It’s time to pick the plants for your landscape layout. Now is when your creativity can really shine. First, create a list of the edibles you enjoy the most and then figure out how and if you can get them to grow in your yard. Once you have determined that they will grow in your area, now you must figure out the best location on your property to ensure they do their best. Consider the shape, size, and leaf color, as well as the flowers or fruit they grow (if any).
Many edible plants prefer a meadow style (mostly annual vegetables developed from seeds) or a forest (understory perennials and woody shrubs).
It’s worth noting that many forest plants thrive well when a tree falls, and the resulting gap provides them full access to sunlight for a few years.
Continue reading to find out more about planting edibles.
Foundation Planting for Edibles
Foundation plantings are essentially beds of plants (shrubs) planted along with house foundations. You can categorize them into three sections: A planting for the entrance, the corners, and plantings that link them.
For foundation planting, we recommend black and red currants, black raspberries, gooseberry, bush cherry, and rugosa rose. These can take the place of your traditional spirea, barberry, juniper, and yews.
Currants grow quickly, tolerate moderate shade, have lovely fruits (red currants), and are fragrant (black currants).
Why Planting Berries Are a Great Idea
Black raspberries are perfect for the spot under the windows due to their shade tolerance. They’re also straightforward to maintain, and lastly, the fruits look and taste amazing!
Strawberries deserve a spot in your front yard because they are highly nutritious, productive, take up little space, are a pleasant ground cover, and have deep roots that support a slope and slow drainage.
Keep in mind that strawberries tend to send out runners, and raspberries tend to spread rather aggressively, so don’t plant them near more delicate plants.
In 1992, the University of California breeding program produced Seascape strawberries. Since they don’t produce runners, they won’t look messy. They’ve proven to be much more effective in the edible landscape, where you want plants to stay put.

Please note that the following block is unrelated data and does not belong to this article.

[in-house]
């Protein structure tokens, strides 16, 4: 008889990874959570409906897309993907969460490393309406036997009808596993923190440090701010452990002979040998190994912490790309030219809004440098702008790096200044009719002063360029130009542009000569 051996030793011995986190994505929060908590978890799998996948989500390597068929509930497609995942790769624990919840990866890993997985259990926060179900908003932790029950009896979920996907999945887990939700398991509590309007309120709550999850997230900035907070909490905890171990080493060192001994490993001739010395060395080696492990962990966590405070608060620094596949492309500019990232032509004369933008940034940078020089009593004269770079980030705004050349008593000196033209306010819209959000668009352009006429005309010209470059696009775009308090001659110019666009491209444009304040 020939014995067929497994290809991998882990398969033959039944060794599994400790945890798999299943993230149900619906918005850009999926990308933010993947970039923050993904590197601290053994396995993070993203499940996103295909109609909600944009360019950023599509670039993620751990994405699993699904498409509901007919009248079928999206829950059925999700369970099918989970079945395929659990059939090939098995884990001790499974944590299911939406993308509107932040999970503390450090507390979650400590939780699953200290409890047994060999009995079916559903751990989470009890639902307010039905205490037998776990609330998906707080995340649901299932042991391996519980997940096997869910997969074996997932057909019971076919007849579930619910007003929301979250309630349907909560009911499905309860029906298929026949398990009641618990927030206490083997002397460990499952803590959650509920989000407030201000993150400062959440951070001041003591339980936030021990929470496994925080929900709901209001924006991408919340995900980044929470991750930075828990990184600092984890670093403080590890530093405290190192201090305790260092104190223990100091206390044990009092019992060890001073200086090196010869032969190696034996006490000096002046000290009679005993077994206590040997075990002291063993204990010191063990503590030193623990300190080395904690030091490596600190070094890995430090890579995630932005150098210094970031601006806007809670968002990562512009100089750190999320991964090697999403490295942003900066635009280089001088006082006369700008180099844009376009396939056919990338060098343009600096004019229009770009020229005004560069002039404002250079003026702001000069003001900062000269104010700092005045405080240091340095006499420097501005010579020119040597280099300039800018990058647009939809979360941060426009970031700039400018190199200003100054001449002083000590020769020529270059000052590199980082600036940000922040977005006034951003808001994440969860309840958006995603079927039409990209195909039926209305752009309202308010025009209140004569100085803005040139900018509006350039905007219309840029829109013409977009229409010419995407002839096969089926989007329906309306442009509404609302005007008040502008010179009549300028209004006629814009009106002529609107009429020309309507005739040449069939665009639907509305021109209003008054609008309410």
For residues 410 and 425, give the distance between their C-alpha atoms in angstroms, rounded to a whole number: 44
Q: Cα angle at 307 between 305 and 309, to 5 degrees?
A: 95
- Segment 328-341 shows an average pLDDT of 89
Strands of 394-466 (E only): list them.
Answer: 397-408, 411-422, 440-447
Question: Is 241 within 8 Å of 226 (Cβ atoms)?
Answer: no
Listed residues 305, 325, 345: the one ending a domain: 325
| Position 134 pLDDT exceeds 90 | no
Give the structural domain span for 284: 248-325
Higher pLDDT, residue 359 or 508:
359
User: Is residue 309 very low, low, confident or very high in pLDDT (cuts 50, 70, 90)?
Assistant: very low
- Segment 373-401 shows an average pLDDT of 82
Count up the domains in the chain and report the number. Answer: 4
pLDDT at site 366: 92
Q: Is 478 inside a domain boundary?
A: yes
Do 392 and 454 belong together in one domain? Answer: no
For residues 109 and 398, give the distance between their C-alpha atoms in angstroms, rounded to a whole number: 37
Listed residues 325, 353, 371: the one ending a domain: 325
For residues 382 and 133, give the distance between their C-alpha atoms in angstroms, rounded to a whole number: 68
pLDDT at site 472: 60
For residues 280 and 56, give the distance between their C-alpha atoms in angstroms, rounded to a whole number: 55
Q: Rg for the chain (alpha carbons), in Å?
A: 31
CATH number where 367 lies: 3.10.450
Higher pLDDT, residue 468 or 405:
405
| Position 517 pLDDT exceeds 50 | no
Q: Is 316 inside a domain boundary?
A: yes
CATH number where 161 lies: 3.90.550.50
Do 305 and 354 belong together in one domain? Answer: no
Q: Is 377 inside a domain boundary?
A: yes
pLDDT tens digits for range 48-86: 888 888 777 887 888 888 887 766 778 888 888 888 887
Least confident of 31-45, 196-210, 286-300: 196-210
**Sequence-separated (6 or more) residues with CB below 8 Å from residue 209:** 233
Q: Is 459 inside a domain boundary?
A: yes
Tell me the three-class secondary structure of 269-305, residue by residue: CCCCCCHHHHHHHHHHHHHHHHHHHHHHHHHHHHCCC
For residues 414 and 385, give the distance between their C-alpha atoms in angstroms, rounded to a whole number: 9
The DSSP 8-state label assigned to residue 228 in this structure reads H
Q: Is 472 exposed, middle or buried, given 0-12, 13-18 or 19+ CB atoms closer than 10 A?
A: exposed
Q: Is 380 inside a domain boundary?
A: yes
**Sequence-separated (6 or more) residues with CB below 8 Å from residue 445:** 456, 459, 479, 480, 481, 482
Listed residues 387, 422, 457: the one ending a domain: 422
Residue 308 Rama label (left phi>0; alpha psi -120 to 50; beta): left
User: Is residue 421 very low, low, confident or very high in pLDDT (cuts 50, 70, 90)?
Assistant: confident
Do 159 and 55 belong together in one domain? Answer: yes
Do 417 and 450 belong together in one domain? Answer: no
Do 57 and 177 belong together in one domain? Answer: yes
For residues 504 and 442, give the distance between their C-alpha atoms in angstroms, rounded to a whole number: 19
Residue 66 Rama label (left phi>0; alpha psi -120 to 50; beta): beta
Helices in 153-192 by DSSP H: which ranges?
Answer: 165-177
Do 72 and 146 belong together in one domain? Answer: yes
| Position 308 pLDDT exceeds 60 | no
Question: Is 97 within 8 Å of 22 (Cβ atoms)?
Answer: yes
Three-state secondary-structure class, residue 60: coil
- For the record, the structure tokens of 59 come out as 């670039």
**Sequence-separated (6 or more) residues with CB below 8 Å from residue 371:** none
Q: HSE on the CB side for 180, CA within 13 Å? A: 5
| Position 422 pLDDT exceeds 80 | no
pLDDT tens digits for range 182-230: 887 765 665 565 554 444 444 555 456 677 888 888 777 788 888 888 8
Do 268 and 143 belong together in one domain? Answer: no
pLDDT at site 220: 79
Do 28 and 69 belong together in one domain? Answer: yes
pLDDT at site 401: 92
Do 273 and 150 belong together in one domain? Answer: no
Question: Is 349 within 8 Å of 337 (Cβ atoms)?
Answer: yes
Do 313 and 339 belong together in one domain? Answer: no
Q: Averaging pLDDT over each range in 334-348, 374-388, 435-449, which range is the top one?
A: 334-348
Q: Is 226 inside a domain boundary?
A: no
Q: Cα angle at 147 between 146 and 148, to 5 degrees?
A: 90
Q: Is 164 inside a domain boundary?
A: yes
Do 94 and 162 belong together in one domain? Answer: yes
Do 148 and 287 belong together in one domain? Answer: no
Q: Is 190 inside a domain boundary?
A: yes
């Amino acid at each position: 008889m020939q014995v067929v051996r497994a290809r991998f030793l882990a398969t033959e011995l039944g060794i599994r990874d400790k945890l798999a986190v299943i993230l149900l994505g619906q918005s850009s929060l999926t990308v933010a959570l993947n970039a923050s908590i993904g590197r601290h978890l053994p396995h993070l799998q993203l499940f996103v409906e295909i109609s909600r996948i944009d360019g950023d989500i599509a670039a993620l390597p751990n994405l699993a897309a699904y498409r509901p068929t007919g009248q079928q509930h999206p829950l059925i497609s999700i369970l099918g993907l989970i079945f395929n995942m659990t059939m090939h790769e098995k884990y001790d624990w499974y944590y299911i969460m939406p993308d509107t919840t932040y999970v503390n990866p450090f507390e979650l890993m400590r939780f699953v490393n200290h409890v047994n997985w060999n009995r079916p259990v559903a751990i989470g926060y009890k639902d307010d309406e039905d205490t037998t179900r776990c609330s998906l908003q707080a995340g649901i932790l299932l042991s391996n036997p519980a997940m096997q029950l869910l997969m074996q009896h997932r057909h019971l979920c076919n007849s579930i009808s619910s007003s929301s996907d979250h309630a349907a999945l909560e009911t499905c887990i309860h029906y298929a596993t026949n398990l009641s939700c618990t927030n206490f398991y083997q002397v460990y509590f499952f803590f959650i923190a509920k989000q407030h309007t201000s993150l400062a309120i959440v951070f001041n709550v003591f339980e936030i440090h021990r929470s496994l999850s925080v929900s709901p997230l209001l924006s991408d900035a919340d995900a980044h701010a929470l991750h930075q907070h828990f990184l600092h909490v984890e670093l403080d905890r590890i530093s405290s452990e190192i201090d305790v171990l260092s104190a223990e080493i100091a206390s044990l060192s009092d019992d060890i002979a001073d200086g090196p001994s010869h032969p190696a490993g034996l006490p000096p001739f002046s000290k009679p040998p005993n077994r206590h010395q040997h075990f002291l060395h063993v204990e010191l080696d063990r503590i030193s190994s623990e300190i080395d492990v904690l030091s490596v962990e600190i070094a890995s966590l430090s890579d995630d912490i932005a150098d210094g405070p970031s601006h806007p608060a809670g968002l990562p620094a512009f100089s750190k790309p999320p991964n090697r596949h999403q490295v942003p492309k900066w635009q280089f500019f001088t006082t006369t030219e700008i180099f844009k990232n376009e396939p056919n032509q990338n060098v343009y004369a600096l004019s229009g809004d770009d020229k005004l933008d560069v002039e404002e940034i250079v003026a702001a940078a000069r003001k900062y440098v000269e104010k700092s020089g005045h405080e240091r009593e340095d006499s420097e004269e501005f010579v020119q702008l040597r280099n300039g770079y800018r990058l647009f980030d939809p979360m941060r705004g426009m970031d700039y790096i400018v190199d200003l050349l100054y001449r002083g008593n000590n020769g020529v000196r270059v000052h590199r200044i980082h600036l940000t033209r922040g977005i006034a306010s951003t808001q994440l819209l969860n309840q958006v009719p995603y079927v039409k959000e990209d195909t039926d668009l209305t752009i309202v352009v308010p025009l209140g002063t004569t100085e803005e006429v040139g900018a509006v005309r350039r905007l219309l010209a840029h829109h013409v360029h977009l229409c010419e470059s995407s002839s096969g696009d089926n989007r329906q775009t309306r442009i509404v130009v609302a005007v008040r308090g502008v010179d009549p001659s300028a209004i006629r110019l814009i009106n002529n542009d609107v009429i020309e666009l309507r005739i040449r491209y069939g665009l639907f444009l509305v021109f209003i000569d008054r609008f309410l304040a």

Plants for Privacy Screening
When we live in an urban or suburban setting, we often need to build a privacy buffer. Edible plants may serve as a living screen that can last even longer than a fence while increasing biodiversity.
For instance, a thick canopy of dwarf cherry trees will provide a gentle barrier between your front yard and the street. These will have lovely white flowers, beautiful fruit that resembles Christmas tree decor, and a fascinating bark in the spring.
Some great privacy-screening plants are shrubby and herbaceous varieties like elderberry, asparagus, serviceberry, Nanking cherry, gooseberry. And if you have a lot of space, hickory, chestnut, persimmon, and pawpaw are large trees with thick foliage.
Edible Landscaping with Vegetables
So, which vegetables are suitable for edible landscaping? There are so many.
When adding vegetables and inedibles in the same garden space, use your best judgment and creativity to achieve the aesthetic you want in the gardens around your property.
Vegetable Color Selection
I’ve enjoyed giving my edible front yard a unique style by selecting an annual color palette. You have plenty of options, so you can mix and match depending on your mood!
You can plant oregano, garlic, turnips, sweet alyssum, and cauliflower for white.
Some purple vegetables are beetroot, red kale, ‘Purple Beauty’ bell pepper, eggplant, red cabbage, and chives.
You have plenty of options for yellow ones: yellow bell peppers, yellow chard, yellow cherry tomatoes, yellow California poppies, sunflowers, and calendula.
Similar to yellow, you have lots of choices for red edibles! Red bell pepper, cherry tomatoes, red California poppies, red chili pepper, red leaf lettuce, red chard, and nasturtium would give your garden a splash of red.
You can plant butternut squash, tomatoes, pumpkins, and papaya for your orange group.
As for green, it’s the easiest color to find in any edible garden. But if you’re looking for specifics, broccoli, basil, kale, parsley, collards, sweet potato, and zucchini are great.
Landscaping with Flowers and Herbs
Among the most straightforward edible garden additions are flowers and herbs. You can have elegance and functionality by simply replacing an ornamental flower garden with nutritious herbs and flowers.